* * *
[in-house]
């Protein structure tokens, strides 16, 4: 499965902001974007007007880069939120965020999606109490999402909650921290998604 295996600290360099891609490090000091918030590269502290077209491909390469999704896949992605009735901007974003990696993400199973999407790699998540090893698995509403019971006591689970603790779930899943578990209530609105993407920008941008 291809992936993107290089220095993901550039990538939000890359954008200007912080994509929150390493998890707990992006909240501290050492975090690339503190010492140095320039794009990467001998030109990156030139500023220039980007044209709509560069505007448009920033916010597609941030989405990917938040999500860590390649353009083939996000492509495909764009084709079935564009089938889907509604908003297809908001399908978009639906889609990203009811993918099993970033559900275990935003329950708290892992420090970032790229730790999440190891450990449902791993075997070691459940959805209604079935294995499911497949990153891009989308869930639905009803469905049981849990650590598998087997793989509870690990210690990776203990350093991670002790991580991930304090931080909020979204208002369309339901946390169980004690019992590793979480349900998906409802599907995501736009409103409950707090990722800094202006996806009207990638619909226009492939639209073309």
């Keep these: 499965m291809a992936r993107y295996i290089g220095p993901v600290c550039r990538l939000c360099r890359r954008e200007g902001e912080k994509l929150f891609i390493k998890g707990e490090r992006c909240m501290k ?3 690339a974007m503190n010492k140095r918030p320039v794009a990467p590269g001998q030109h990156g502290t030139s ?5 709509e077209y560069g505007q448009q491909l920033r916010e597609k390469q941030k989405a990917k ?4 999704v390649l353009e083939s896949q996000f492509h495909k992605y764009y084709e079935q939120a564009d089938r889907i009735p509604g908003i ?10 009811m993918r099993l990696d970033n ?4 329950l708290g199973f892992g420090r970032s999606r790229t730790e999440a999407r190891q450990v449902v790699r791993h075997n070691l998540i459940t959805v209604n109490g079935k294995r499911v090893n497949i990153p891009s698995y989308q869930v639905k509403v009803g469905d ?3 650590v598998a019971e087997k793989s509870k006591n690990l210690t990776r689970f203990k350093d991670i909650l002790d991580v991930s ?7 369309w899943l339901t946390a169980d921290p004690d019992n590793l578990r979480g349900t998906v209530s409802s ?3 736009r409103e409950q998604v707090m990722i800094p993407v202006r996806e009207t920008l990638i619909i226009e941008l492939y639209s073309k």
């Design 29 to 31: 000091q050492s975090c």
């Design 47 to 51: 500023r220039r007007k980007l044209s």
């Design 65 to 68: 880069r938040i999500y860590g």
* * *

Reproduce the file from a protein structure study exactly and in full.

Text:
[in-house]
């Protein structure tokens, strides 16, 4: 499965902001974007007007880069939120965020999606109490999402909650921290998604 295996600290360099891609490090000091918030590269502290077209491909390469999704896949992605009735901007974003990696993400199973999407790699998540090893698995509403019971006591689970603790779930899943578990209530609105993407920008941008 291809992936993107290089220095993901550039990538939000890359954008200007912080994509929150390493998890707990992006909240501290050492975090690339503190010492140095320039794009990467001998030109990156030139500023220039980007044209709509560069505007448009920033916010597609941030989405990917938040999500860590390649353009083939996000492509495909764009084709079935564009089938889907509604908003297809908001399908978009639906889609990203009811993918099993970033559900275990935003329950708290892992420090970032790229730790999440190891450990449902791993075997070691459940959805209604079935294995499911497949990153891009989308869930639905009803469905049981849990650590598998087997793989509870690990210690990776203990350093991670002790991580991930304090931080909020979204208002369309339901946390169980004690019992590793979480349900998906409802599907995501736009409103409950707090990722800094202006996806009207990638619909226009492939639209073309």
């Keep these: 499965m291809a992936r993107y295996i290089g220095p993901v600290c550039r990538l939000c360099r890359r954008e200007g902001e912080k994509l929150f891609i390493k998890g707990e490090r992006c909240m501290k ?3 690339a974007m503190n010492k140095r918030p320039v794009a990467p590269g001998q030109h990156g502290t030139s ?5 709509e077209y560069g505007q448009q491909l920033r916010e597609k390469q941030k989405a990917k ?4 999704v390649l353009e083939s896949q996000f492509h495909k992605y764009y084709e079935q939120a564009d089938r889907i009735p509604g908003i ?10 009811m993918r099993l990696d970033n ?4 329950l708290g199973f892992g420090r970032s999606r790229t730790e999440a999407r190891q450990v449902v790699r791993h075997n070691l998540i459940t959805v209604n109490g079935k294995r499911v090893n497949i990153p891009s698995y989308q869930v639905k509403v009803g469905d ?3 650590v598998a019971e087997k793989s509870k006591n690990l210690t990776r689970f203990k350093d991670i909650l002790d991580v991930s ?7 369309w899943l339901t946390a169980d921290p004690d019992n590793l578990r979480g349900t998906v209530s409802s ?3 736009r409103e409950q998604v707090m990722i800094p993407v202006r996806e009207t920008l990638i619909i226009e941008l492939y639209s073309k």
């Design 29 to 31: 000091q050492s975090c």
């Design 47 to 51: 500023r220039r007007k980007l044209s």
């Design 65 to 68: 880069r938040i999500y860590g």